I don’t know her cause of death but Mabel died at home on Jan. 17, 1929. She was 43. Her funeral service included both whites and Native Americans. Below is a newspaper account of that unique event that I found very interesting. Mabel had clearly made an impact among both whites and Native Americans in the four years she lived in Oklahoma.
Note that in the article, it says Mabel was buried at the IOOF (Independent Order of Odd Fellows) Cemetery. Yet she is buried at the Deyo Mission Cemetery. It would make sense for her to be at DMC due to her love of the Comanche. Is it possible she was buried there first but later moved to DMC so she was closer to the people she loved?
Rev. Hervey Gilbert remarried to Ruth Long. He died in 1963 and is buried at Pomona Valley Memorial Park in Los Angeles, Calif.
It was time to start heading back to pick up Sarah. But I wanted to stop at nearby Pecan Cemetery on the way there. Please meet me there for my next adventure.
Tom Foster said:
So many of us that have deep roots of family members can relate some way or another to the “Native American Ancestry”. I’m one whose roots on my birth mother’s dad, my grandfather, have that blood line…even if it’s a small percentage part. The Deleware tribe is where mine come from…right in the heartland middle of the U.S. – Kansas, mostly.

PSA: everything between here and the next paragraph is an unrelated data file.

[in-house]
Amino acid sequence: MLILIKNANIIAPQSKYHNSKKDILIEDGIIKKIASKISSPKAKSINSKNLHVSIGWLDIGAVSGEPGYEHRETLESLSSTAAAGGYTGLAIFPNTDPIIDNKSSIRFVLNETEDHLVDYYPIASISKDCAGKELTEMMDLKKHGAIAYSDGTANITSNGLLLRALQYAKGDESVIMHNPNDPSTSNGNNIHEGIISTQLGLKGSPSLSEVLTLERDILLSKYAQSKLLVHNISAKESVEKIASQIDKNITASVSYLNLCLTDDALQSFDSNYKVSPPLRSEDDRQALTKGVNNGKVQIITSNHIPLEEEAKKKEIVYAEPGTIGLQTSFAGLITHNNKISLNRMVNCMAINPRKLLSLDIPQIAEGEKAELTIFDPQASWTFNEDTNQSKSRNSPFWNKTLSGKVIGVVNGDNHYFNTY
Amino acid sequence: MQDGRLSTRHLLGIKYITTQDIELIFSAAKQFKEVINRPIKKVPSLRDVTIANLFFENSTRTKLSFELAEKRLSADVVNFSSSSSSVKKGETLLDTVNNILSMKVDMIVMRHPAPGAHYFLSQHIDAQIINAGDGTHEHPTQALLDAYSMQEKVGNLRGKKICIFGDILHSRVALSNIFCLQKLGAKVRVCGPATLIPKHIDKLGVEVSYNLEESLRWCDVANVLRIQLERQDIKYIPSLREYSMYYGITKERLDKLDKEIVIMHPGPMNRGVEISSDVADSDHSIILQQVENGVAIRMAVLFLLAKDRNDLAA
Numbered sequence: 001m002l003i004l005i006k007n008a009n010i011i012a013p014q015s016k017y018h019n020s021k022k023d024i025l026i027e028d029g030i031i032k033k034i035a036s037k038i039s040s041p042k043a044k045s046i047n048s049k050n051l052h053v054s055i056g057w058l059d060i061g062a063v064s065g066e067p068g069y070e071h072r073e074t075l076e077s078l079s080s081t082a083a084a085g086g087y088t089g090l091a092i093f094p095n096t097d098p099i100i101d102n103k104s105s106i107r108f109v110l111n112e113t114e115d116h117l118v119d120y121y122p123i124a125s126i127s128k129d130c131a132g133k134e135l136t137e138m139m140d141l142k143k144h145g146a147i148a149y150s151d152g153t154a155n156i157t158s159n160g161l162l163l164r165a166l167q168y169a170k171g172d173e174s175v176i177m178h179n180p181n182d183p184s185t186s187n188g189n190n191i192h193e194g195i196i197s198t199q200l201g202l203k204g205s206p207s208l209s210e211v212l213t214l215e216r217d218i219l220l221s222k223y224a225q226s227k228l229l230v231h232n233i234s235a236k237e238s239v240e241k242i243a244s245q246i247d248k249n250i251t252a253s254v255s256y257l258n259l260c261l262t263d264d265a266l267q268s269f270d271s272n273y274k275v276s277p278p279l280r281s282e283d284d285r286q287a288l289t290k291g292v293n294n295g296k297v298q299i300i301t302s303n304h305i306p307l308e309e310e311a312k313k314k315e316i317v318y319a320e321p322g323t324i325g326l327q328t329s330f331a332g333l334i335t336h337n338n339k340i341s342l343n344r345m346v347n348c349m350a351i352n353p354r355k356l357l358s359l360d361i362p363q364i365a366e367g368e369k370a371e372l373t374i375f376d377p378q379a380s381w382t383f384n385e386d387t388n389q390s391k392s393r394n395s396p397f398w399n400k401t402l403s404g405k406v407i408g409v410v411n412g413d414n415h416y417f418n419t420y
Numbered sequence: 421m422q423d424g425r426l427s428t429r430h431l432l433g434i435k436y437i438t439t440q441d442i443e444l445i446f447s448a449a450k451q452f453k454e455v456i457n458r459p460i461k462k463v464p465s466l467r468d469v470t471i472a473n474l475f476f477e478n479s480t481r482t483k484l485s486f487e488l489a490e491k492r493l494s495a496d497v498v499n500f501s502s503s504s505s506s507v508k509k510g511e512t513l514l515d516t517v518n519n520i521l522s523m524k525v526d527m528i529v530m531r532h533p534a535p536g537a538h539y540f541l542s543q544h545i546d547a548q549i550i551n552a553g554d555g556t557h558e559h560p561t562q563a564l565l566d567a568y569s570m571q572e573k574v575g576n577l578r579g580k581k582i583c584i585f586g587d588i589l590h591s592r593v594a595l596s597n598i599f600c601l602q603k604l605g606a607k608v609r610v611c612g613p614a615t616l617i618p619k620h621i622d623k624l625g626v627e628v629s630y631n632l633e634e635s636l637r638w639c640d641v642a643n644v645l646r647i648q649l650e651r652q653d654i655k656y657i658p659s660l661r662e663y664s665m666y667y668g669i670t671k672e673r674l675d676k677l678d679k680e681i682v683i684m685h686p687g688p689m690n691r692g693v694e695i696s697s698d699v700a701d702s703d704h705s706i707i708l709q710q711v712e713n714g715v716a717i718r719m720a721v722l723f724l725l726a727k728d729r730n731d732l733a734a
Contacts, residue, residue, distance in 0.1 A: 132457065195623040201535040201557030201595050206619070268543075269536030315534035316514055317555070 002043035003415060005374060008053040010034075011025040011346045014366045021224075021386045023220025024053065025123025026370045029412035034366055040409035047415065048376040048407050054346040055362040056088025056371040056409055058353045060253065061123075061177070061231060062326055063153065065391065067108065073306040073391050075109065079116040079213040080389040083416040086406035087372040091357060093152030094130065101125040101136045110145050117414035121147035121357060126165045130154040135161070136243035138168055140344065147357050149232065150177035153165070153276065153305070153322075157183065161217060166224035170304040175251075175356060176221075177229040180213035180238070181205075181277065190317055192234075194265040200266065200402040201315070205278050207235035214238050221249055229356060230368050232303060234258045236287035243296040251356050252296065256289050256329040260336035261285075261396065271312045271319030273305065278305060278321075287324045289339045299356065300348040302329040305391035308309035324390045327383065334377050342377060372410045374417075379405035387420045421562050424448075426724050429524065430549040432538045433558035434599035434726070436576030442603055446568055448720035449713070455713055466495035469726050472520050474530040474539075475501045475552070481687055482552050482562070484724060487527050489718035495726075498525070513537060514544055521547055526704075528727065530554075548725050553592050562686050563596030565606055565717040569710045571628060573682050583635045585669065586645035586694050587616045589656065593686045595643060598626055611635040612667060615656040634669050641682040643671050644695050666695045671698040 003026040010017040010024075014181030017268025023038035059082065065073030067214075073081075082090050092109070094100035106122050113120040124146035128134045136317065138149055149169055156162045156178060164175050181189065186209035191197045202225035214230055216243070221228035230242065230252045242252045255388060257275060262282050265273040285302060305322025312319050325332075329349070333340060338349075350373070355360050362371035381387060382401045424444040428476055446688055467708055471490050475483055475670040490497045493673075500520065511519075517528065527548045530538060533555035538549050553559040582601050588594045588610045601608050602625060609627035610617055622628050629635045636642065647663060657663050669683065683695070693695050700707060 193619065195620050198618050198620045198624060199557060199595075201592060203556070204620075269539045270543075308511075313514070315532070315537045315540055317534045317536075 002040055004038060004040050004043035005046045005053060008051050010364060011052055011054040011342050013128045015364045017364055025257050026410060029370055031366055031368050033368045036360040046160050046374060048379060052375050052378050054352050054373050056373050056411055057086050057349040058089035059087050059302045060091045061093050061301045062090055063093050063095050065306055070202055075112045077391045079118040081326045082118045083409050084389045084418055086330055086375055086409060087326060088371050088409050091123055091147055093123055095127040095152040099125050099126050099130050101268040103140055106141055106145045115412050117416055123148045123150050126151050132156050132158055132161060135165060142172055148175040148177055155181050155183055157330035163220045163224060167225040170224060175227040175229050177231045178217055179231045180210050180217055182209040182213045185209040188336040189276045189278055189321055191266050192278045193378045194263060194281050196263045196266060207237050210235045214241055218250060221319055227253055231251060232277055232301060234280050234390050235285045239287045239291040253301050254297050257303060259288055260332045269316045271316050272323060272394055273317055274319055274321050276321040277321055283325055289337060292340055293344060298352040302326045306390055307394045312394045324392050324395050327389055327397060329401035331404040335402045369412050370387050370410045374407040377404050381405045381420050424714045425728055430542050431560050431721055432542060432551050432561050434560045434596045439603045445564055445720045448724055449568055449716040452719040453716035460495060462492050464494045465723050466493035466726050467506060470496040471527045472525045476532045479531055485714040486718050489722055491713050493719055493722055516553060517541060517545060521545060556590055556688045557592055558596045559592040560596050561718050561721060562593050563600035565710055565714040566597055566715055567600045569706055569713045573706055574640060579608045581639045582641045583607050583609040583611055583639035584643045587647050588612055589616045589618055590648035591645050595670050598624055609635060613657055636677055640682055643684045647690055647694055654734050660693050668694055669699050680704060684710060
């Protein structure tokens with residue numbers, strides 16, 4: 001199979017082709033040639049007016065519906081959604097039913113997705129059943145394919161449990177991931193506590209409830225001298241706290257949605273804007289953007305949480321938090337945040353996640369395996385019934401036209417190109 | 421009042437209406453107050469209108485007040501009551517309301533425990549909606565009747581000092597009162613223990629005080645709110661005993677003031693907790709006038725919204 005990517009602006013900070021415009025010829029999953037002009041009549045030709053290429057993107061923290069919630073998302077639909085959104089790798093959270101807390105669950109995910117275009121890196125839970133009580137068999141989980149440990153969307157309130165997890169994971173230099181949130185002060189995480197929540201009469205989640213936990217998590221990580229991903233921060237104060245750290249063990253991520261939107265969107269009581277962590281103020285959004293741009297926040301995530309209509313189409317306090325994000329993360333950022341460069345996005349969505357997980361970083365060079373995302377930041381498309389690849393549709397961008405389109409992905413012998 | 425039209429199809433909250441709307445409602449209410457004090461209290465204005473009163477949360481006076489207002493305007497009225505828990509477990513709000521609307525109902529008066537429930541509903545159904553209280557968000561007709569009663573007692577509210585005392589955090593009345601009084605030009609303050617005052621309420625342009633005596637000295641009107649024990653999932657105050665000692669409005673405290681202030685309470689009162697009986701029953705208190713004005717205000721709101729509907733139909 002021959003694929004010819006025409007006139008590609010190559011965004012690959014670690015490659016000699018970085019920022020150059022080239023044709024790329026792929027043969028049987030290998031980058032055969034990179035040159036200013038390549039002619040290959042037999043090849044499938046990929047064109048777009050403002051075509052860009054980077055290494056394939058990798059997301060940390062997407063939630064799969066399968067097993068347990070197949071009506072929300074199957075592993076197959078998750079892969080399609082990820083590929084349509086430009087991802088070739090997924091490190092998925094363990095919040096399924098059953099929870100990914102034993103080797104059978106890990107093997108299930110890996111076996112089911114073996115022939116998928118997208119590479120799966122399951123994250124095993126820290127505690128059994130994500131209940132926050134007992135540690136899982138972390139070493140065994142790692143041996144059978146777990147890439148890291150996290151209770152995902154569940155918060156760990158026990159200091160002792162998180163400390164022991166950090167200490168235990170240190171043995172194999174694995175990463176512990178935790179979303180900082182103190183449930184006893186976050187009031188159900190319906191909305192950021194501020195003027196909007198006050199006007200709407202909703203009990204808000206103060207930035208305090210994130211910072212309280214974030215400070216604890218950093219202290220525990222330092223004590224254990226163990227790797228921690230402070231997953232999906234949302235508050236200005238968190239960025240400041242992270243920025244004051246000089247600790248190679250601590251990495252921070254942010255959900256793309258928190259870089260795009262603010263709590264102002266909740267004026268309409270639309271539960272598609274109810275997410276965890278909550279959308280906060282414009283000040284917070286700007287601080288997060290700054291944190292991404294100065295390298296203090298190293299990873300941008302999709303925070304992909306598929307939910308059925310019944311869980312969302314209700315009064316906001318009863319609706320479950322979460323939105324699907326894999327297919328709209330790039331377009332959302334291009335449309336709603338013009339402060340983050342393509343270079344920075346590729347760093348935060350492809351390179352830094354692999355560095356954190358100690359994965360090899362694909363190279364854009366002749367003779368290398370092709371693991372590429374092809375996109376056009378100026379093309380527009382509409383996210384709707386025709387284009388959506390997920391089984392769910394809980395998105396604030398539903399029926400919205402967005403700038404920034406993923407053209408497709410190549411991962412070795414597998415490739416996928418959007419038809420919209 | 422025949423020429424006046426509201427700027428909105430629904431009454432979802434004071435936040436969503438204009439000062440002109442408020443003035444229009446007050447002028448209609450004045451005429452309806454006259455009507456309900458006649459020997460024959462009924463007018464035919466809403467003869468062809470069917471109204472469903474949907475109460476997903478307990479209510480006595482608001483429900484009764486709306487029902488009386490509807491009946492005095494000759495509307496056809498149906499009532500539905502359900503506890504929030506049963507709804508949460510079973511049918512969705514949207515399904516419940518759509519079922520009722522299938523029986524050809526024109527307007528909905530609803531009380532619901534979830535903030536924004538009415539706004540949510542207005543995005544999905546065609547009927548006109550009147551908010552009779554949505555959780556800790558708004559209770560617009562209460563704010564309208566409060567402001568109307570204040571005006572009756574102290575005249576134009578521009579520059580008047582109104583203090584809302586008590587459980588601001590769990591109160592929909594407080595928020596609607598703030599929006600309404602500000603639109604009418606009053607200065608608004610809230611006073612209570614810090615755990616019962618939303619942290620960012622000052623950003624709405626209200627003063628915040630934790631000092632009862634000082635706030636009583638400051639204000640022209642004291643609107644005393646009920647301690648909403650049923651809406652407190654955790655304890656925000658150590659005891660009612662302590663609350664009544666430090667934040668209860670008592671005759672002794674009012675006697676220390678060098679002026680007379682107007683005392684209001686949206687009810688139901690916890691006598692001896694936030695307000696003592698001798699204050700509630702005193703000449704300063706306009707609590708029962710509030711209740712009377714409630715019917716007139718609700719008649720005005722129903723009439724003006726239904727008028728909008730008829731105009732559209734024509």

May their heritage continue in free America pride of this “melting pot of people”.
Tom, it’s been an eye opener for me. I didn’t really know the history of the Native American in this part of Oklahoma, how they were dragged halfway across the country and back in the later 1800s. Really raw. I wish I had learned this earlier. Hope you and your bride is well, that she is not having to get any further chemo or radiation.
Tom Foster said:
Mary is doing well.
We are heading to Brunswick, Georgia tomorrow for a nephew’s wedding which is on Saturday the 18th. We haven’t been down that way in nearly 40 years.
Have you thought about having t-shirts made with your website logo? If so, it would be neat! Heavy cotton made in a few colors…the logo on the back, and a small something on upper left or, on a sleeve.
Happy St. Patrick’s day to you and your family!